IPO prospectus - who prepares it?

Discussion in 'Trading' started by laputa, Apr 13, 2007.

  1. laputa

    laputa

    I am wondering who actually prepares the IPO prospectus of a company, especially regarding the company strategy, competitive advantage, and potential risk sections...etc. Those are pretty high level and strategic things, and I would expect the information to be accurate only if it comes directly from senior management/CEO ...etc.

    I want to understand whose words I'm listening to when I read a prospectus. Does it comes from the CEO/senior executives mainly? Or does it comes from some outside editors hired just for the sake of preparing a filing document?

    Has anyone been involved in preparing an IPO prospectus? Is there a general practice of how it is prepared? Some kind of general process similar to book publishing (ie. manuscript->editing->review->approval ...etc)?

    My main concern is that I'm afraid I'm reading words from some accountants or business analyst/consultant instead of words from management. Who prepares the prospectus has a significant impact of how I interpret the lines written.

    Any information is much appreciated. Thanks!
     
  2. nkhoi

    nkhoi Moderator

  3. I have worked on a few IPOs. In the deals I have worked on, the law firm for the company is primarily responsible for drafting the prospectus (which is part of a an SEC registration statement) with input from the company's management, the underwriters and underwriters' legal counsel. The law firm for the company may be its regular law firm or a firm specifically chosen for purposes of the IPO.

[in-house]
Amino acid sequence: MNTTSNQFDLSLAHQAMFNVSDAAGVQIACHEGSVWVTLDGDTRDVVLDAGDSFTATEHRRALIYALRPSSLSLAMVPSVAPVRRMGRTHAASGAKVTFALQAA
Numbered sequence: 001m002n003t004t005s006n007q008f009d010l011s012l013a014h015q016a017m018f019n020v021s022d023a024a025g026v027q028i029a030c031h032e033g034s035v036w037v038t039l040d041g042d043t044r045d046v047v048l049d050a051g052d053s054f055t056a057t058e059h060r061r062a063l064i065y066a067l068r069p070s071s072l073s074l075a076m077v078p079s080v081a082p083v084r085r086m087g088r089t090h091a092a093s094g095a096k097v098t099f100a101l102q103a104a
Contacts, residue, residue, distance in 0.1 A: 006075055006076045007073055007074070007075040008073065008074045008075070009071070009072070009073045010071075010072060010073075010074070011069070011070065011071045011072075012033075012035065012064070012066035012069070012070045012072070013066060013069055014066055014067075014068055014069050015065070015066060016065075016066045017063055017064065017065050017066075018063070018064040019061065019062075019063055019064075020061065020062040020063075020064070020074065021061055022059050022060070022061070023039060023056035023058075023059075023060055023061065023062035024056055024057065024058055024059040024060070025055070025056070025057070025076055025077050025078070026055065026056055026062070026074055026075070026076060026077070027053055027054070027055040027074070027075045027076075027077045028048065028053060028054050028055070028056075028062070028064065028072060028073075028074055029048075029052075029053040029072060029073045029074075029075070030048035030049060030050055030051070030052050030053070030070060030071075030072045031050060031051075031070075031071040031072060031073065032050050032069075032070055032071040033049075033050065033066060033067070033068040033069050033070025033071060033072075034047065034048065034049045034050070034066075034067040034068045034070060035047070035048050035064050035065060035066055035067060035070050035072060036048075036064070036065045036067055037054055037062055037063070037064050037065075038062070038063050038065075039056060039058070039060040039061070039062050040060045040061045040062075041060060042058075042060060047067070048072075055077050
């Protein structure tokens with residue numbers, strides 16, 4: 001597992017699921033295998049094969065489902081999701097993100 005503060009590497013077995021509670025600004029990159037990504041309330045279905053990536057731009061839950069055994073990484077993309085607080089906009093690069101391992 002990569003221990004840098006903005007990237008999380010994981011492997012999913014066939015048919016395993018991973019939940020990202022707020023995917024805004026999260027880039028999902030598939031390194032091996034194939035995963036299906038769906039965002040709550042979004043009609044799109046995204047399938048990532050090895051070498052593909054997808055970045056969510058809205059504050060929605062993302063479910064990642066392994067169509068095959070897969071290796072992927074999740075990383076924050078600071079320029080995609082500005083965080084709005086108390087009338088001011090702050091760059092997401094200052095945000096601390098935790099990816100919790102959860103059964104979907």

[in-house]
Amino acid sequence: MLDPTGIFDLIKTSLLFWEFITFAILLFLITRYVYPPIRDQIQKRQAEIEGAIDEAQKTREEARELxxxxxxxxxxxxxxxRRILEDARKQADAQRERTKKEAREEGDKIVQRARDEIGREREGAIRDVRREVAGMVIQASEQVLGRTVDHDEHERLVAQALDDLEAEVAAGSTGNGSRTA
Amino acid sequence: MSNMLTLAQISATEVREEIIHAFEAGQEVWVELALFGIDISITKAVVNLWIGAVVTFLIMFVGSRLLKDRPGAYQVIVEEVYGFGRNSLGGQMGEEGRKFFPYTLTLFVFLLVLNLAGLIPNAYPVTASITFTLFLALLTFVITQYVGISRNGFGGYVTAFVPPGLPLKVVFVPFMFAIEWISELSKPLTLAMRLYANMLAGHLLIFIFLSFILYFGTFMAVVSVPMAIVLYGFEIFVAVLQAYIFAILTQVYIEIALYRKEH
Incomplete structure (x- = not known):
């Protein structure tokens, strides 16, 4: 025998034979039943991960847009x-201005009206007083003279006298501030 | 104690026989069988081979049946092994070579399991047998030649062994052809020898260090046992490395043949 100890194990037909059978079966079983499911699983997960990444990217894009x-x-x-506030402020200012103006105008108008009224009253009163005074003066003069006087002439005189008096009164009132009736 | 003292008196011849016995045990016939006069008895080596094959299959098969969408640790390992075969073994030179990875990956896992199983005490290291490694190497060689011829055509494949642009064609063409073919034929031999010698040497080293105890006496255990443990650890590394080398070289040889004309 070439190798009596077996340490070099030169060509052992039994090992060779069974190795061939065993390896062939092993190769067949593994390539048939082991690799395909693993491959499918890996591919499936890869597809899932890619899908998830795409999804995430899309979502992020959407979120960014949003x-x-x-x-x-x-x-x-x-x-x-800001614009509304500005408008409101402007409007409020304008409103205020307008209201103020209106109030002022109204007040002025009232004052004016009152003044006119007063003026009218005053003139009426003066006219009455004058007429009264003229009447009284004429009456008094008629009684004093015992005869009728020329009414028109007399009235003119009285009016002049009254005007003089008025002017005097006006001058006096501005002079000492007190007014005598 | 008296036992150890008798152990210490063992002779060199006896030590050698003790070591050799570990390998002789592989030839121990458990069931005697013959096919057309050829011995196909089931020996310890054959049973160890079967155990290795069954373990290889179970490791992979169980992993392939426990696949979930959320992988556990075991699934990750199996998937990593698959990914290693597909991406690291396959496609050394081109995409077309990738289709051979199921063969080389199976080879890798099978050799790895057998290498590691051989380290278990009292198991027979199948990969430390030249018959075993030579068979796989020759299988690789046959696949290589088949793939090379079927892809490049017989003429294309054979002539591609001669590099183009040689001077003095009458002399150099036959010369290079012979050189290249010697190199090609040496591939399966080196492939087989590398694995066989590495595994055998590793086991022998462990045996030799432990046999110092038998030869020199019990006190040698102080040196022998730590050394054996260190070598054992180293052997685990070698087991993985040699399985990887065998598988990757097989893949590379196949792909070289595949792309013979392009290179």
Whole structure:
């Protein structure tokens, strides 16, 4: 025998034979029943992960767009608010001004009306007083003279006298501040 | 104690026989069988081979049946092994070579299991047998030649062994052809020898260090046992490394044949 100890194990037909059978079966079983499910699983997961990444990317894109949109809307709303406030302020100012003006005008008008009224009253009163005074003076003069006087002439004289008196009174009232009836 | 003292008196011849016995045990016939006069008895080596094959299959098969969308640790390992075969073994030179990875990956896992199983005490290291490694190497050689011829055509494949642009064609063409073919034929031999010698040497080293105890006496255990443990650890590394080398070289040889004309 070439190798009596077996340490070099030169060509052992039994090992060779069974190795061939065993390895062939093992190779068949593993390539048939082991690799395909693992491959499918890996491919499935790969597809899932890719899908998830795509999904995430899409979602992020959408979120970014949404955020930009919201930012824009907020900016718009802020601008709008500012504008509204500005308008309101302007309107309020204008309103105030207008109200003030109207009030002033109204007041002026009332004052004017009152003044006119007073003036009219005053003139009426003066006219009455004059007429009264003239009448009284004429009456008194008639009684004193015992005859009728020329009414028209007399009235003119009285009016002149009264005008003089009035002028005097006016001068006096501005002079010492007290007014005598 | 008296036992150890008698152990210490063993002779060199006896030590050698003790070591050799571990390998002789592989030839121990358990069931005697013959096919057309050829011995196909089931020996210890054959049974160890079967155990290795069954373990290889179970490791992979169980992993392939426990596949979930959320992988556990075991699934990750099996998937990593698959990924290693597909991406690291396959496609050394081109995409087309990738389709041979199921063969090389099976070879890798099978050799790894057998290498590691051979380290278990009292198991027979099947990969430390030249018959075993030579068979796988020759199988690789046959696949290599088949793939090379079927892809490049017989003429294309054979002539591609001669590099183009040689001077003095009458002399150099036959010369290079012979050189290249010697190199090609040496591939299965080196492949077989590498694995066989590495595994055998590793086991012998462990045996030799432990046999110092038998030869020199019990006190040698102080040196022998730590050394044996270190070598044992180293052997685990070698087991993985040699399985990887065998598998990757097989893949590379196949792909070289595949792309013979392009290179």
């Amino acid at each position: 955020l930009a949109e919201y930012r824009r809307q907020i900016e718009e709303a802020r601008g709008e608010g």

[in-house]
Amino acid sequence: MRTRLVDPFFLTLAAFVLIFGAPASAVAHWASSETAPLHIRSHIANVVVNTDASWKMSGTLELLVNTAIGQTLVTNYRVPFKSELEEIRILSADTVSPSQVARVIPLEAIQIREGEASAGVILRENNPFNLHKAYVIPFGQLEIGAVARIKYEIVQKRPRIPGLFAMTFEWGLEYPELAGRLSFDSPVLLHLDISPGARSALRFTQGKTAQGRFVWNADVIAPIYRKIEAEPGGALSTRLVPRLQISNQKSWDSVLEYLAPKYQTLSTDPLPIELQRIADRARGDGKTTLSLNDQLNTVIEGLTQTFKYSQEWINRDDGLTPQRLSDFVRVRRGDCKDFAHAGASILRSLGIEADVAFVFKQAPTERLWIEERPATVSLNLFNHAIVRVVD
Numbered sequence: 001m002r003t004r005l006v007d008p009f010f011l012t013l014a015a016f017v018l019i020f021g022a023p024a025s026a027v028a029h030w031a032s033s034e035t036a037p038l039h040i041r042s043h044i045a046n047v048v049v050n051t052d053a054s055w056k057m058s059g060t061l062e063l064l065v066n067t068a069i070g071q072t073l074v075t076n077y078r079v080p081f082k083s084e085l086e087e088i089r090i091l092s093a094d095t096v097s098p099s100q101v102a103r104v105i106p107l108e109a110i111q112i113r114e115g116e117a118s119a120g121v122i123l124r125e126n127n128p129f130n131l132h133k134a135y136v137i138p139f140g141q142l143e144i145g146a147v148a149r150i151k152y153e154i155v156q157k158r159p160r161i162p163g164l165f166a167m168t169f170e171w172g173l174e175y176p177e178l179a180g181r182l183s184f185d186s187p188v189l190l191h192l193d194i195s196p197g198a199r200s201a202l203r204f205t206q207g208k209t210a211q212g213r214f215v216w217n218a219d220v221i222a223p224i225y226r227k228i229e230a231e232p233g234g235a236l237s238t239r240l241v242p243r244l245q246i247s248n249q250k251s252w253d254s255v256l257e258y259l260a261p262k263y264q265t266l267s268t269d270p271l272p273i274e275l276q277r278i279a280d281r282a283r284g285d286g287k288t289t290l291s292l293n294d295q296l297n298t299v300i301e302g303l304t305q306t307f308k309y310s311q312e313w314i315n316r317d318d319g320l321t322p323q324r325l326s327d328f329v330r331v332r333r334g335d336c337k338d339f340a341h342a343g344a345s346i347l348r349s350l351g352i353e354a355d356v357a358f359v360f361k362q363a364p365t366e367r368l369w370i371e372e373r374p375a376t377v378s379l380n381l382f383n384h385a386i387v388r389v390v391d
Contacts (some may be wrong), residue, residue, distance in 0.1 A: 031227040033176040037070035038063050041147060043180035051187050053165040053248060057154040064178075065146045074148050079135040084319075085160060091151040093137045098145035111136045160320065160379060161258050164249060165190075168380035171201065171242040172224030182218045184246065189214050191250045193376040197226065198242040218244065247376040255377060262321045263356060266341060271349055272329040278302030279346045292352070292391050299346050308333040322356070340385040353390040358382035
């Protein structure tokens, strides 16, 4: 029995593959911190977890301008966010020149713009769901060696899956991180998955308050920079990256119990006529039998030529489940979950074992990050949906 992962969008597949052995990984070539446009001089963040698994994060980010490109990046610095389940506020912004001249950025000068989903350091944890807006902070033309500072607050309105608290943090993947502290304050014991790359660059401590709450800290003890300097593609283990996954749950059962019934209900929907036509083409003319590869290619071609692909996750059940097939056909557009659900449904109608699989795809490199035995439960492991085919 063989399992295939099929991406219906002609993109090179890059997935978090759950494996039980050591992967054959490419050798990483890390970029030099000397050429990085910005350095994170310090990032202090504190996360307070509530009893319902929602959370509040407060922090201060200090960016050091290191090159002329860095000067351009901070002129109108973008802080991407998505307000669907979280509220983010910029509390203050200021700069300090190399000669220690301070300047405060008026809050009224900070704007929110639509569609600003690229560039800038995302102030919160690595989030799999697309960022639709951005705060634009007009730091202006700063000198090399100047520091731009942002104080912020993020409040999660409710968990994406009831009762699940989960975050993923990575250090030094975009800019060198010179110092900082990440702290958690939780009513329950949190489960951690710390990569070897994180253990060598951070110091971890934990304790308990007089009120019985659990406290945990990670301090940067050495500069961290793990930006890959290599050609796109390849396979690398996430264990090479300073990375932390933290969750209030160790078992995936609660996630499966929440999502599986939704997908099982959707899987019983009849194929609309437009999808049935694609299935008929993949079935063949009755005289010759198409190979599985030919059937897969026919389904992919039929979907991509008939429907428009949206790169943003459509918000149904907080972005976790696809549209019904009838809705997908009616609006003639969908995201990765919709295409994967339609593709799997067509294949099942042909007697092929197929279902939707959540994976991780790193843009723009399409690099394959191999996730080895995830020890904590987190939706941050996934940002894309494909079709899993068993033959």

4. I should have mentioned that all of the foregoing players participate in "drafting sessions" which essentially are long meetings where everyone goes through the latest version of the prospectus, often line by line, and makes comments, changes, etc.
     
  5. Yes, the senior management with the assistance of its investment bankers prepare those sections initially. A lot of the text and rationale will come from existing materials which may already be in the public domain. The prospectus is a marketing document primarily and so falls within the remit of the investment banker (rather than lawyers or accountants).

    The lawyers take over the drafting once the story and numbers are in place. The risk section is meant to be an honest appraisal of what can go wrong specifically (banker writes with management input and lawyer reviews / adds to) and generally (banker/lawyer writes).

    The lawyers check that the marketing is not over-stepping the mark (e.g. forward looking statements), the accountants state that the numbers are in their opinion fair and correct and the banker makes sure the prosepctus as a whole will do the job - get the shares away, over-subscribed and at the top of the range.

    It's a real piece of work, probably more demanding than most other publication efforts.
     
  6. It's hard to sympathize with securities attorneys :D
     
  7. Trust me, the securities attorneys are some of the brightest of the bright. Granted, they may not be the most exciting people in the world as they all sit around and discuss the implications of the latest SEC ruling regarding disclosure of management compensation.



    :D :D :D
     
  8. laputa

    laputa

    thanks for the info...

    it is really reassuring to learn that strategic picture comes from management...
     
  9. I wonder what happened to the teams that prepared the RFXCQ and VG prospectii?